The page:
Seattle based commercial aircraft manufacturer Boeing has just delivered the last of its 737 Next Gen aircraft to Japan’s Skymark Airlines.
The final delivery of this epic airplane sees the end of a production run for Boeing that lasted 22 years. During this period, the world’s largest commercial aircraft manufacturer produced more than 7,000 units according to Airway1.
The end of the 737 Next Gen began as the final aircraft rolled out of the Renton, Washington factory. It went through its test flights before leaving Boeing Field for Japan. Destined to be delivered to Skymark Airlines, the final 737-800 was purchased by BOC Aviation leasing group, who then passed it on to their Japanese customer.
This latest delivery to BOC also ends one of Boeing’s longest-running contracts which began 18 years ago. Since placing their first order, BOC has received 209 aircraft, of which 161 were 737-800NGs. While talking about their latest aircraft and the relationship with Skymark Airlines, a press release from BOC read:
‘The Boeing 737-800NG has been a cornerstone of our company’s development, with 84 currently operating in our owned fleet,’ said Robert Martin, Managing Director and Chief Executive Officer, BOC Aviation. ‘Reliability and operational efficiency have been hallmarks of this aircraft program and we believe these will remain characteristics in the future,’ he added. ‘We are also delighted to be celebrating an important milestone with Skymark Airlines as it continues to build its fleet and network on modern technology aircraft.’
Who are Skymark Airlines?
Skymark Airlines is a low-cost Japanese domestic airline based at Tokyo’s Haneda Airport. Founded after the deregulation of the Japanese aviation industry in the mid-1990s, Skymark Airlines is the only independent, budget airline in Japan.
Who is BOC Aviation?
Based in Singapore, with offices in New York, London, Tianjin and Dublin, BOC Aviation are a global aircraft leasing company with a fleet of 507 aircraft.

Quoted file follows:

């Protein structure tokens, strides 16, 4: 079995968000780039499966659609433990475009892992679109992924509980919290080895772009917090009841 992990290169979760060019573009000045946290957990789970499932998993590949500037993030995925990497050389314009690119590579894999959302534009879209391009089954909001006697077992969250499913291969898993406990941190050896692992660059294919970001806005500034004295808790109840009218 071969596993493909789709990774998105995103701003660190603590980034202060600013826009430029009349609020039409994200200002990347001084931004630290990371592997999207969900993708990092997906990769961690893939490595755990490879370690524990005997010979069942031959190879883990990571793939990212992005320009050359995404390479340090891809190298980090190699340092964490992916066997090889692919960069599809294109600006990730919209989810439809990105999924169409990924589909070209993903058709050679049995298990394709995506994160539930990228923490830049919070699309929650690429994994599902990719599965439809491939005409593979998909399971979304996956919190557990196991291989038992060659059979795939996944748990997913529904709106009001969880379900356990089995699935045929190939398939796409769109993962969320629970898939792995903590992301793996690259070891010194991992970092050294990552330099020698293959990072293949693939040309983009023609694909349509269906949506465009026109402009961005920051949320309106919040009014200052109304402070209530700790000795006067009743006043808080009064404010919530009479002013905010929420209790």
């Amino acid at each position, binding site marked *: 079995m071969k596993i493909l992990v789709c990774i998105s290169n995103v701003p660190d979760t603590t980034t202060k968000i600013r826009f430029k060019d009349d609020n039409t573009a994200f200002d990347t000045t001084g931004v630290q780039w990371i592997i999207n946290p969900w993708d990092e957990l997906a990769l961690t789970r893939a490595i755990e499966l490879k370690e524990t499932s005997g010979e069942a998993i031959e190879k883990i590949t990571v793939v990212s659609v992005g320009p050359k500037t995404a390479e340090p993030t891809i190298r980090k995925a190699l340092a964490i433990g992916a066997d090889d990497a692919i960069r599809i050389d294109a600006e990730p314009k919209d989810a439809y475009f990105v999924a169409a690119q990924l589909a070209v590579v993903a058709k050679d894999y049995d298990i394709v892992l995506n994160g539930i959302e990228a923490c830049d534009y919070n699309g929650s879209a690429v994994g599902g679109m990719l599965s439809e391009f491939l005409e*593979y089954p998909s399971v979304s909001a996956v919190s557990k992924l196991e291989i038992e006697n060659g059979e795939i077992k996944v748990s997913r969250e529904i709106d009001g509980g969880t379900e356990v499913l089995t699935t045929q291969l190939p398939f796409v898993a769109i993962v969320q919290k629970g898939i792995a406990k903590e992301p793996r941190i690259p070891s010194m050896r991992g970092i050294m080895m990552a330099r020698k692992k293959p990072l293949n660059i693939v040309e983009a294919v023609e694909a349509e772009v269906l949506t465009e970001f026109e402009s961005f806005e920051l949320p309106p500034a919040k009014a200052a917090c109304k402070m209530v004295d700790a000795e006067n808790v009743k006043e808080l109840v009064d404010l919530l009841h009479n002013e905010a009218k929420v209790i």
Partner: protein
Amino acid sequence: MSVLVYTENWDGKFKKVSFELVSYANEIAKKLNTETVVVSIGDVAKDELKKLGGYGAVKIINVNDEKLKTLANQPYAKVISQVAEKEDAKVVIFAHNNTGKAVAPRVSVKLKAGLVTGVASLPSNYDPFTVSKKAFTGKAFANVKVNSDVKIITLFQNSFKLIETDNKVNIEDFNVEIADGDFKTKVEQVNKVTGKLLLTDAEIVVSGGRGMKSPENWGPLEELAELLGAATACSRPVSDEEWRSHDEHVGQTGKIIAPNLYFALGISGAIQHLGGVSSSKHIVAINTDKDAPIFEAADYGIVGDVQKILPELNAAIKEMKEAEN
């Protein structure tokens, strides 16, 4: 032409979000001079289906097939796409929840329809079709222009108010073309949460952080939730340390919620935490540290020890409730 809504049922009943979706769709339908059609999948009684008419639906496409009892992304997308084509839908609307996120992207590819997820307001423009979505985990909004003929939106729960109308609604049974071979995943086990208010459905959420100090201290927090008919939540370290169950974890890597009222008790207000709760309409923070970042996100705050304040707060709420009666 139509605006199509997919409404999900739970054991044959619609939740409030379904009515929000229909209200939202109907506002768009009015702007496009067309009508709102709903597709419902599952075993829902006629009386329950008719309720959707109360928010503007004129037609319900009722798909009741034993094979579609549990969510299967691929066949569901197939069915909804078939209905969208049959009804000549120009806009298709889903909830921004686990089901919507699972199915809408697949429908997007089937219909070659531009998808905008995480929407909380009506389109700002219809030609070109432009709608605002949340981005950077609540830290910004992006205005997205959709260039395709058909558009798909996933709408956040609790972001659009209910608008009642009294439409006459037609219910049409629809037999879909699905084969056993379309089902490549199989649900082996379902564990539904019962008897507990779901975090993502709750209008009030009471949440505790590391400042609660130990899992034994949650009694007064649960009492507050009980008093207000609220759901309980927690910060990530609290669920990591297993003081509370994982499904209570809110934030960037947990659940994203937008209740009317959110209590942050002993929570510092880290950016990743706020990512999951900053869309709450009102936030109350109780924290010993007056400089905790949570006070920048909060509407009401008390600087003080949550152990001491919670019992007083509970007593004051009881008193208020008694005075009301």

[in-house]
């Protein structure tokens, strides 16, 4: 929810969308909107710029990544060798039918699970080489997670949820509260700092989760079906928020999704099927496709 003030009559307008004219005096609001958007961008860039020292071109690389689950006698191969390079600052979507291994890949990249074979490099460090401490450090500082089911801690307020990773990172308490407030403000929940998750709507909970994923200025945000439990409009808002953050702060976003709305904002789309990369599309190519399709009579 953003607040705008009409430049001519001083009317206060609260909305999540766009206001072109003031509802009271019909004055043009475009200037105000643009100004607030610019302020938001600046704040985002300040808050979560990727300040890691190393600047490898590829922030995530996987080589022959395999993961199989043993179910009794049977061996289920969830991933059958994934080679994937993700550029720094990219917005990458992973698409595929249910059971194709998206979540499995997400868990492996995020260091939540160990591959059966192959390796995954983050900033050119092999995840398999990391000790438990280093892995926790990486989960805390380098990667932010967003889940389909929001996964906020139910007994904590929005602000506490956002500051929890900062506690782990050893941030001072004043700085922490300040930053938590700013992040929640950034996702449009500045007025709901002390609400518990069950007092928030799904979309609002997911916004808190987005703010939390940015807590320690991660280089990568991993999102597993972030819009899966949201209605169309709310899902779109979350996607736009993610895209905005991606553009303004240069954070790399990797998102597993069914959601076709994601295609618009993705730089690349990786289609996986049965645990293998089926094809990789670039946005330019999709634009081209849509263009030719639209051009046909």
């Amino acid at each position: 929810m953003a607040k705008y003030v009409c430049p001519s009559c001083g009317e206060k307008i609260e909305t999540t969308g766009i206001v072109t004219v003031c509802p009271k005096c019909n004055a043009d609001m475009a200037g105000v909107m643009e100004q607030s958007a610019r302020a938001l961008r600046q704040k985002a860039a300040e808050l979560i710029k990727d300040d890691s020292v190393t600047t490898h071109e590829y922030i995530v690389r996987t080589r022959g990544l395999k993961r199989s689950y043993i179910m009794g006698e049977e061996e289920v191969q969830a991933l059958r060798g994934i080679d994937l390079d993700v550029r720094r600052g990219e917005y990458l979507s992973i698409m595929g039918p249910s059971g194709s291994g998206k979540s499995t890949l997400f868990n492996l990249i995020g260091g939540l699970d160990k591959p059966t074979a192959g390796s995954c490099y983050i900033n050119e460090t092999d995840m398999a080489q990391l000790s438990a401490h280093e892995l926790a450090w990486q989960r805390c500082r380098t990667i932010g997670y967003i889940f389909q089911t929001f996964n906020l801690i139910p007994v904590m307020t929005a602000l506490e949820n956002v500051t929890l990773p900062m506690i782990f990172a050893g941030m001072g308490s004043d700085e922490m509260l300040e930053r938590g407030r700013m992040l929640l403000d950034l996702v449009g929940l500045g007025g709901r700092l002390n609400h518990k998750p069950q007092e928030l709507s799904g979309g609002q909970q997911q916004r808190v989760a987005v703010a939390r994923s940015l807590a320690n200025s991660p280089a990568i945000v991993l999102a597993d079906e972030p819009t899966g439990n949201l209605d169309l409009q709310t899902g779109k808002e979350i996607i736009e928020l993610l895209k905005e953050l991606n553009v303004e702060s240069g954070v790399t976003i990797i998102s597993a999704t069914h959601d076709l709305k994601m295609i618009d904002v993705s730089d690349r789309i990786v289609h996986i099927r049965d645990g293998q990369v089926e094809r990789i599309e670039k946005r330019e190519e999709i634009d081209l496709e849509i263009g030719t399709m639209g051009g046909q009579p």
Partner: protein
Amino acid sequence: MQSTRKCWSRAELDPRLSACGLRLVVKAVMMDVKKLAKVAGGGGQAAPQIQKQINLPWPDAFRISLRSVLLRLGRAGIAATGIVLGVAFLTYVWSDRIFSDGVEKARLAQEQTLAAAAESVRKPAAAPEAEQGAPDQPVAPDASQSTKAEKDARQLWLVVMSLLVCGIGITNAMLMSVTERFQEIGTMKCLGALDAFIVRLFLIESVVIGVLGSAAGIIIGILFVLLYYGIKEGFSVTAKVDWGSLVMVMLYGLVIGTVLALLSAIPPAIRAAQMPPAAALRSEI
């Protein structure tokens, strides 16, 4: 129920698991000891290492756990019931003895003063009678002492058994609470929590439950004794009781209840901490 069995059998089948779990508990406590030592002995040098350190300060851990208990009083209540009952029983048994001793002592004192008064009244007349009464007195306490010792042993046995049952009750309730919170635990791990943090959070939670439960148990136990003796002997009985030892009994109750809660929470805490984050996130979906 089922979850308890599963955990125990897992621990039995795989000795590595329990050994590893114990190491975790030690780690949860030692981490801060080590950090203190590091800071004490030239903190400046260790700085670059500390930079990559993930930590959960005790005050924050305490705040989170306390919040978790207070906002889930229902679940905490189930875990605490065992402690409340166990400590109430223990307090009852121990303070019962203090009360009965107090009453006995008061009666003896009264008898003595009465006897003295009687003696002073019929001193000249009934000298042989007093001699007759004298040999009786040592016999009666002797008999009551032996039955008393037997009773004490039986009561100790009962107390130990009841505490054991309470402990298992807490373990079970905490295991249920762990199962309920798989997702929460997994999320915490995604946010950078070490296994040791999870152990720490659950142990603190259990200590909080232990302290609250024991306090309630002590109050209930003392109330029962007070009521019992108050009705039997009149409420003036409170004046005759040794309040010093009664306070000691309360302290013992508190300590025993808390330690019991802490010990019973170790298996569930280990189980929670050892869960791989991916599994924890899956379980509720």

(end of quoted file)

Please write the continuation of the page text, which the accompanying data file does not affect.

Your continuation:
Currently, BOC has aircraft leased aircraft to 94 airlines spread over 34 countries and regions.
Why has the 737 Next Gen been so successful?
The Boeing 737 was first designed in the 1960s to compete with the McDonnell Douglas DC-9 and the British Aircraft Corporation BAC 1-11.
At the time, Boeing’s big seller was the three-engined 727. While it could carry slightly more passengers than the DC-9 and BAC 1-11, it wasn’t as economical as its competitors.
Boeing’s competitor aircraft was designed from the ground up to be both economical and to have good capacity against its rivals. Rather than place the new 737 engines at the rear of the aircraft, as was the case with DC-9 and BAC 1-11, Boeing placed them under the aircraft’s wings. This was to prove an aircraft design trend that has shaped the future for the industry.
Initially, the 737 had teething problems and sales were slow, but once Boeing engineers remedied the problems sales began to really take off. Airlines flying the 737 soon learned that it was the perfect aircraft for quick turnaround routes. By being so low to the ground, no time was wasted positioning equipment.
Except for a few changes to improve the 737, nothing changed significantly with the aircraft design for many years. However, in 1987, Airbus debuted the A320 debuted which sported an all-new design with LCD displays rather than old mechanical gauges.
Boeing fired back at Airbus by building the 737 Next Gen fleet of aircraft, a plane that would span several variations that included the 737-600-700-800 and -900. All of these aircraft proved to be a big success, with Southwest Airlines and Ryanair using them as the backbone of their fleets.
Complacent, knowing they had a top seller, Boeing was caught sleeping again when Airbus came out with their fuel-efficient Airbus A320neo. Now in a hurry not to lose market share, Boeing developed the 737 MAX and quickly had orders coming from both old and new customers.
Then came the Lion Air and Ethiopian Airlines disasters, following which the 737 MAX was grounded worldwide. In the meantime the 737 Next Gen will continue to be the workhorse it always has been.